Mazda 3 long-term test review: report 1

Mazda's new family hatchback combines groundbreaking engine tech with the promise of driver engagement. We're trying it out...


The car Mazda 3 2.0 Skyactiv-X MHEV Sport Lux  Run by Kris Culmer, special contributor

Why it’s here To prove that Mazda's new petrol engine technology really works and discover whether the 3 can now truly challenge premium-brand family hatchbacks

Needs to Achieve diesel-challenging economy; have an interior and driving experience that make you feel special; be practical enough for a family of four

Mileage 3426 List price £25,575 Target Price £23,989 Price as tested £26,365 Options fitted Soul Red Crystal metallic paint (£790) Test economy 44.2mpg Official economy 48.7mpg

16 January 2020 – The beautiful innovator

Never before have I taken delivery of a new car with a poem in the glovebox. This should bring out my cynical side, but it came from Mazda, so the sentiment comes across as genuine; this independent Japanese company has always done things on its own terms.

It opens: “We explore cities and winding country roads. Corners hugged and throttles revved. Windows down, radio loud, no particular place to go.” Huh. Unlike any other poem I’ve ever read, that has actually captured my interest. 

I vividly remember when I first saw the latest Mazda 3; it was at the end of 2017, in the form of the Kai concept. Its smooth surfacing, in contrast to the mess of lines and creases that is rife at the moment, was breathtaking (especially when coated in Soul Red Crystal paint, which is more than worth the £790 I paid for it). In my eyes, the best mainstream design of recent years has come from the Hiroshima firm. So, to hear that this most attractive of family hatchbacks also has a focus on driver engagement made it completely irresistible.

Mazda 3 long-term

Of even greater interest is the new 178bhp Skyactiv-X engine, as the first to use Mazda’s pioneering spark-controlled compression ignition (SPCCI) technology. Petrol engines ignite fuel using spark plugs; diesel engines do so simply through pressure and heat. SPCCI is the marriage of the two methods: a spark plug ignites only a little of the fuel-air mix, creating sufficient pressure and heat (with the help of a supercharger) to finish the job.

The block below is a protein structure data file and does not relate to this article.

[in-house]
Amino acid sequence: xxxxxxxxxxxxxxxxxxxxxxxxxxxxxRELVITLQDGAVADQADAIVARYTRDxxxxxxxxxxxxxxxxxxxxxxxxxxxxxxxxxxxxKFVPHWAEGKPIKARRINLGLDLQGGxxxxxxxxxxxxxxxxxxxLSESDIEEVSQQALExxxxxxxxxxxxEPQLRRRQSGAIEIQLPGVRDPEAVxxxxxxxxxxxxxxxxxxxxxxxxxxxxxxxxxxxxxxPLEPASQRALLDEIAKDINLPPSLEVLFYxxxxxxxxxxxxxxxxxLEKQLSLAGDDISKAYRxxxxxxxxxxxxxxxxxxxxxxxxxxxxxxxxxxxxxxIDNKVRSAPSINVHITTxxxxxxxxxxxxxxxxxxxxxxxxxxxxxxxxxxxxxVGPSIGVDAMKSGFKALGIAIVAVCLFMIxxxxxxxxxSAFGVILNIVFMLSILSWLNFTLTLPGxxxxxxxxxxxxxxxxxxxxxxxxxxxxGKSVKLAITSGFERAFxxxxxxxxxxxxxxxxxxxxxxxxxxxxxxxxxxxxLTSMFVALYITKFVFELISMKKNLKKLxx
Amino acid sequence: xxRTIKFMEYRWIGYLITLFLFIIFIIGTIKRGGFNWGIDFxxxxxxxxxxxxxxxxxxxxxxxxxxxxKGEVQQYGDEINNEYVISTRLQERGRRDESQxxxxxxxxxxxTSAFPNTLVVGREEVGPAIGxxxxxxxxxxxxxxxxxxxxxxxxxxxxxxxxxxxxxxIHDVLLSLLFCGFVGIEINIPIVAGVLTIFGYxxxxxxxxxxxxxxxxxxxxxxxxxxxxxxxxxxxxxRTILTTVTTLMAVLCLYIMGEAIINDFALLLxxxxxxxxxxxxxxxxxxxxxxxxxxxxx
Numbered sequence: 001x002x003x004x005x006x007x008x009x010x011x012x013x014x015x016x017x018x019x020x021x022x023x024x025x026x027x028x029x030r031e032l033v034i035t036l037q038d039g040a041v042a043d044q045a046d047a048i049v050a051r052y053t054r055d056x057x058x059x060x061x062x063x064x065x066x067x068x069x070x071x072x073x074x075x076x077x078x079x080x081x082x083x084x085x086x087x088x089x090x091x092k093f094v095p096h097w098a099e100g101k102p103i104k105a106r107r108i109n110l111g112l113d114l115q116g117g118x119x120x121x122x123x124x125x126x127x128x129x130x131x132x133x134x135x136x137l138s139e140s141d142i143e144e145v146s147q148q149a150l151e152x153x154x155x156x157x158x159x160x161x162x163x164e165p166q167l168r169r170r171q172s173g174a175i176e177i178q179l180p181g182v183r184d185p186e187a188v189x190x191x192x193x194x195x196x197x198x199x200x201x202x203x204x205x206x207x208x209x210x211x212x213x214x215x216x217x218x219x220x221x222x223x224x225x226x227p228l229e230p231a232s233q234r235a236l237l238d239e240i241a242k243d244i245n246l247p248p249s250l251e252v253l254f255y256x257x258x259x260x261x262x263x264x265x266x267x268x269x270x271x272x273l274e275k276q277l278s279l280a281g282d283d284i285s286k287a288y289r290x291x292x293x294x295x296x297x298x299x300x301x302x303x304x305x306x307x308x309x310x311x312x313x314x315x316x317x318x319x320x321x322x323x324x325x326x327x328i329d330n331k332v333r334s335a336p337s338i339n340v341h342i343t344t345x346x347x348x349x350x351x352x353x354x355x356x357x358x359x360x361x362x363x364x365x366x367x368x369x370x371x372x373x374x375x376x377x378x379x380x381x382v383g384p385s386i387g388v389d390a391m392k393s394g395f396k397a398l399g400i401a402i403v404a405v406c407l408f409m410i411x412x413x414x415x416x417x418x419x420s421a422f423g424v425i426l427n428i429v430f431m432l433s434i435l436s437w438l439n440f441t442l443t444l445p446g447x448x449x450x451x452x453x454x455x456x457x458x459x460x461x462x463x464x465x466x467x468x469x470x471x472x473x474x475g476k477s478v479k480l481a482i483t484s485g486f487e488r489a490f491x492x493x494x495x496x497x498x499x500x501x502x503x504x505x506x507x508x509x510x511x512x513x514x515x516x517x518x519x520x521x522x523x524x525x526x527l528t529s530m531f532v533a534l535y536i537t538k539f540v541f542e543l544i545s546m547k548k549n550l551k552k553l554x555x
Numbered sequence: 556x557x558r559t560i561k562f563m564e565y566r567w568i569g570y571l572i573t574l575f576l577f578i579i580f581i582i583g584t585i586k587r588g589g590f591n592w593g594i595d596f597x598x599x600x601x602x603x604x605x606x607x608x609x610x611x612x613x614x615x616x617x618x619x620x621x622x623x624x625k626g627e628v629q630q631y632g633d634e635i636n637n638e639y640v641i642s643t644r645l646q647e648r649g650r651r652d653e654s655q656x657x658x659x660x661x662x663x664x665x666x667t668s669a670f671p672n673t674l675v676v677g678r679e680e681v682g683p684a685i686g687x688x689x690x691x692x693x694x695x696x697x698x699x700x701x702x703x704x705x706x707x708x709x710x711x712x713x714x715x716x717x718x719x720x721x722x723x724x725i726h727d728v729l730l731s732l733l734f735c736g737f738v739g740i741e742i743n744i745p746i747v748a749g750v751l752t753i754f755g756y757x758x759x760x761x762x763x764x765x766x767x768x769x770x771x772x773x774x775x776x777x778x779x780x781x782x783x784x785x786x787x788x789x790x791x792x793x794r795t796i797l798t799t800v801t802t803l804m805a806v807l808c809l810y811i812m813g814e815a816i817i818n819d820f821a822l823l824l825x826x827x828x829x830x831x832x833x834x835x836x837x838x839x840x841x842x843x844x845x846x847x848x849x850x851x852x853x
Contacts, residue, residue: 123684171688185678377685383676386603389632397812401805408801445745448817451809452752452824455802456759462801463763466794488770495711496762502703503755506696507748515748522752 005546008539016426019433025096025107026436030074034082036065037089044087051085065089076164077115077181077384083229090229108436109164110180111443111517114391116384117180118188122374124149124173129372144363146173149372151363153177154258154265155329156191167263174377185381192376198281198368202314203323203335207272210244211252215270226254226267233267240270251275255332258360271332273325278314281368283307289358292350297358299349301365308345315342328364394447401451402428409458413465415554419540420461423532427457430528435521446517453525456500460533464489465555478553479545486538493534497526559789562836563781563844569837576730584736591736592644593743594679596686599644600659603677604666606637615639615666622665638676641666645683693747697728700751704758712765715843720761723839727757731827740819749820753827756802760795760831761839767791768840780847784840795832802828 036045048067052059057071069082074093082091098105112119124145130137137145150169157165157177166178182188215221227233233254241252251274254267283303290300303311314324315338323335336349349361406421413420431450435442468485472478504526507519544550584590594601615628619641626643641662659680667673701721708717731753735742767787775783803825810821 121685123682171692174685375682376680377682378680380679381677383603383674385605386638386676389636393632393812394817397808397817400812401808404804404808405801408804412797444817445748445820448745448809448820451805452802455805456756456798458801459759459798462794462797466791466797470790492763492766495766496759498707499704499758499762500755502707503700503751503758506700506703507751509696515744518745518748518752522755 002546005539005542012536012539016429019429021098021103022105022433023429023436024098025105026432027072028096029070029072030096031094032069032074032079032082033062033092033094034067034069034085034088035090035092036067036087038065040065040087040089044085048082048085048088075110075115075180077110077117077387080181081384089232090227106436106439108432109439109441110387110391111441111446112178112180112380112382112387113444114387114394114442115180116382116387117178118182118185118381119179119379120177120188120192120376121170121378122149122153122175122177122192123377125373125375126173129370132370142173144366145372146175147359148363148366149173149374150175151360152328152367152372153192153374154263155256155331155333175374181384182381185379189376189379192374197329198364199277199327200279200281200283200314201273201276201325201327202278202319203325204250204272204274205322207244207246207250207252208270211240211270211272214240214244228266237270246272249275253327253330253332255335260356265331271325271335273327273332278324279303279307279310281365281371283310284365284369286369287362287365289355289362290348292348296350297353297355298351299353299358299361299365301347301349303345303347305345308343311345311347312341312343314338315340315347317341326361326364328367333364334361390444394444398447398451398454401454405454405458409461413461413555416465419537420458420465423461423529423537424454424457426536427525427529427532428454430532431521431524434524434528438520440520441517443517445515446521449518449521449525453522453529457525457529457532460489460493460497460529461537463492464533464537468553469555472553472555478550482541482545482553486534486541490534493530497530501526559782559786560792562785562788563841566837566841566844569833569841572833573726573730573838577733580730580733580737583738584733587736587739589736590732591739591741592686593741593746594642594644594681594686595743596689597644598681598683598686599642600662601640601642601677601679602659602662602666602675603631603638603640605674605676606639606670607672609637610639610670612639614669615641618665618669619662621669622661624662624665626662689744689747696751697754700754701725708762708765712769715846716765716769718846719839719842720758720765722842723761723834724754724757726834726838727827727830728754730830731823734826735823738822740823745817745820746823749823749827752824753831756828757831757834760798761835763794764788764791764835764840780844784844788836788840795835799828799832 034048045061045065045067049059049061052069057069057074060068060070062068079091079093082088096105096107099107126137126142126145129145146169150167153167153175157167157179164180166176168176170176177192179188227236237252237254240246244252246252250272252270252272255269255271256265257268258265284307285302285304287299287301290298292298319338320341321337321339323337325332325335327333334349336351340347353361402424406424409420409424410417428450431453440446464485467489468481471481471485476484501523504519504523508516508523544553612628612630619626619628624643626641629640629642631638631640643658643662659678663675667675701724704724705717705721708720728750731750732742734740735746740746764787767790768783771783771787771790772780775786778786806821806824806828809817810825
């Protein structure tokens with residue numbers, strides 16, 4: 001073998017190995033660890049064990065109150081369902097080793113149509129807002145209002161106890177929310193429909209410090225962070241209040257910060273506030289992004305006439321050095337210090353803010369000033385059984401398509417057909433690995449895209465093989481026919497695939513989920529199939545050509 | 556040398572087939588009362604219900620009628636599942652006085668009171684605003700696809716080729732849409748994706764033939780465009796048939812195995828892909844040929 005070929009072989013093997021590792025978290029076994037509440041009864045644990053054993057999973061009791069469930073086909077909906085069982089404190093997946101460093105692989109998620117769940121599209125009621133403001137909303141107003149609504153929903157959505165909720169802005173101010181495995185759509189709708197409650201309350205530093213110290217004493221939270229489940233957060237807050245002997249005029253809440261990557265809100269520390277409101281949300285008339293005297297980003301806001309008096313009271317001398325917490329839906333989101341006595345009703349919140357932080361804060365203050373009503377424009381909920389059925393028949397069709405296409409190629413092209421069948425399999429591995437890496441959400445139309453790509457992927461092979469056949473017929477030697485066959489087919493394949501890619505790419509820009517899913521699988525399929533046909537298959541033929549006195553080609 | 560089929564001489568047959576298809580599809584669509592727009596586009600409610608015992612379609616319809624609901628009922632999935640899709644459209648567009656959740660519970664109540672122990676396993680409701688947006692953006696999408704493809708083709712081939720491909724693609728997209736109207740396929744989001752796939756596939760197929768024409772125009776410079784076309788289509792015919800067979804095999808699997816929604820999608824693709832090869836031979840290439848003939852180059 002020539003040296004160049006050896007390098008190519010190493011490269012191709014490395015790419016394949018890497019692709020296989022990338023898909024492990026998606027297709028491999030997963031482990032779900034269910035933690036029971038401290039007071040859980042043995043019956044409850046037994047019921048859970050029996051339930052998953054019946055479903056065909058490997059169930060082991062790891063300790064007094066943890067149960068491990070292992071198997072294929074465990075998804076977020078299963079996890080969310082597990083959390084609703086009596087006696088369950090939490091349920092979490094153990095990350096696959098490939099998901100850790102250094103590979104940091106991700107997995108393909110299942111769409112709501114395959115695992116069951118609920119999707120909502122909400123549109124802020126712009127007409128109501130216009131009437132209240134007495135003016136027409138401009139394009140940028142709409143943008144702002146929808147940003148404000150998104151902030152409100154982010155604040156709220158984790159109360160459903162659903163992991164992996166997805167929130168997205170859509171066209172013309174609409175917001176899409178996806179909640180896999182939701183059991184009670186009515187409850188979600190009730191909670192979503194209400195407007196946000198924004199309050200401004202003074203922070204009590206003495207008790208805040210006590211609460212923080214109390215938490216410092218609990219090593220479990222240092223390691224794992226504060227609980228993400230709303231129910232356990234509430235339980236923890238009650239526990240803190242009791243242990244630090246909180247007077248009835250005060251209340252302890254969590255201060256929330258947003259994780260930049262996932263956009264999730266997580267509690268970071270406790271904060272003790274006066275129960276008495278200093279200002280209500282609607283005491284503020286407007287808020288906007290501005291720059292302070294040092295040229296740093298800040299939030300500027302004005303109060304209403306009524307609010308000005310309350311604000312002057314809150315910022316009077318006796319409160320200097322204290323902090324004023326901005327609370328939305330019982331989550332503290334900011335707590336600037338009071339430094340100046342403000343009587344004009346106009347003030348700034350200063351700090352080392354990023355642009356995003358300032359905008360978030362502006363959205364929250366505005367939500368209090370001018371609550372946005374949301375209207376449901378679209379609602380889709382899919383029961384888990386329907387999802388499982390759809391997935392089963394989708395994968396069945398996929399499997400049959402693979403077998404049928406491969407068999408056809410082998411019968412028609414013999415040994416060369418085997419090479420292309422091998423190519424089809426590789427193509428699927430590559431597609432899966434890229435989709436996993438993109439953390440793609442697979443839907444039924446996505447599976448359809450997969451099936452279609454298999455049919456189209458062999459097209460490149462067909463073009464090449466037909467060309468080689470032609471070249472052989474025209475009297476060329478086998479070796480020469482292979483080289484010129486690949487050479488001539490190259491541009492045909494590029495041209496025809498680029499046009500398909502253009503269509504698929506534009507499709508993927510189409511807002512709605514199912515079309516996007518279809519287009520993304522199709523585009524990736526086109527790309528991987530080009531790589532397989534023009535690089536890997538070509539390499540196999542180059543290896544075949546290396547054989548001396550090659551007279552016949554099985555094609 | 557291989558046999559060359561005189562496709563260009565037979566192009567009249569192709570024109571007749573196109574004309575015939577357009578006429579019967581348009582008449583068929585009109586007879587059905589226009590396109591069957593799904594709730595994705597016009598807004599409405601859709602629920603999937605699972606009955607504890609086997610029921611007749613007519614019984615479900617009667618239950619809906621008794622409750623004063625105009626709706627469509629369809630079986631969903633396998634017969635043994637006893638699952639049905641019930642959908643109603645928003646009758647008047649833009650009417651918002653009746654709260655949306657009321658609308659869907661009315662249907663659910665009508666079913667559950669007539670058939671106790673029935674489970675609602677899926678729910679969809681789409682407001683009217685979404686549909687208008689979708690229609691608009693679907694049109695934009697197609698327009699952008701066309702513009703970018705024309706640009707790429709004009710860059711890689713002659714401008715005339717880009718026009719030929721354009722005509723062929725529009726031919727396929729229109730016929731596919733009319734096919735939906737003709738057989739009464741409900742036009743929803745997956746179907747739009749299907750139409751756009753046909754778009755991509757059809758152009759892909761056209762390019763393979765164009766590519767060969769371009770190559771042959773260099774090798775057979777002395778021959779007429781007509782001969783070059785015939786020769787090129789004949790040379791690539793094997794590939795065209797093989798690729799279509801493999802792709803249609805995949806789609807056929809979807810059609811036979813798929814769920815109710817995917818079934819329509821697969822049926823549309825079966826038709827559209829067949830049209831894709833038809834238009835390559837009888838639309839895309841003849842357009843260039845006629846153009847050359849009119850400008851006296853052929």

Adding to the complexity, energy is collected when you’re slowing down and fed back to a tiny battery. This is later deployed to a small motor, which makes pulling away in stop-start traffic very smooth and ekes out economy gains. This increasingly common setup is known as a mild hybrid system. That’s what MH means in the MHEV part of my 3’s name; EV means electric vehicle, which is a bit like an airport north of Bishop’s Stortford putting ‘London’ in its name…

Mazda 3

But what does all this mean for you? Well, it sounds too good to be true: 9% more power and 5% more torque than the regular Skyactiv-G petrol engine, yet 9% better efficiency, at 48.7mpg and 103g/km of CO2 emissions. Admittedly, the Skyactiv-X still isn’t as frugal as the Skyactiv-D diesel, but the shortfall of circa 10mpg should be repaid by the typical traits of a petrol engine that are so enjoyable. Even so, all of this begs the question: why doesn’t Mazda simply use a turbocharger to improve efficiency like literally everybody else? I’m very keen to find out.

That will be an extended task requiring a fair bit of experimentation – the opposite of making myself at home inside the 3. Mazda’s poem continues: “We were always meant to connect, like a horse and rider, car and driver as one.” That’s a bit rich, but the driving position and the overall design, in terms of ergonomics as much as aesthetic appeal, are fantastic. You sit really low, in a supportive seat that can be made as hot as a radiator, looking over a leather-wrapped steering wheel of perfect thickness. The cockpit sensation is completed by a high windowline and a large, gloss black-topped centre console that presents two more delights.

mazda 3 rotary dial

These are a stubby stick for a six-speed manual gearbox and a large rotary controller, surrounded by four large buttons for the infotainment, which is displayed on a wide, shallow 8.8in display atop the black leather dashboard. As I’ve always found in Alfa Romeo, BMW and Mazda models, such a setup is infinitely better than any touchscreen, being both easier and safer to use and avoiding any finger smudges. 

Thanks to mid-range Sport Lux trim, my car has a DAB radio, two USB ports, Bluetooth, sat-nav, Apple CarPlay, Android Auto and, to my shock, a CD player. The controller also allowed me to quickly memorise how to disable the head-up display before driving; annoyingly, this ‘aid’, which to me is unnecessary and distracting, comes on by default.

So, whether the driving experience will prove to be “effortless and engaging” in the long run will be as interesting to discover as whether SPCCI is a breakthrough or dead end and whether the 3 is a practical alternative to the likes of the Ford Focus and Mercedes-Benz A-Class, rather than simply an appealing object of design and engineering. I genuinely can’t wait to get to work on answering those questions.

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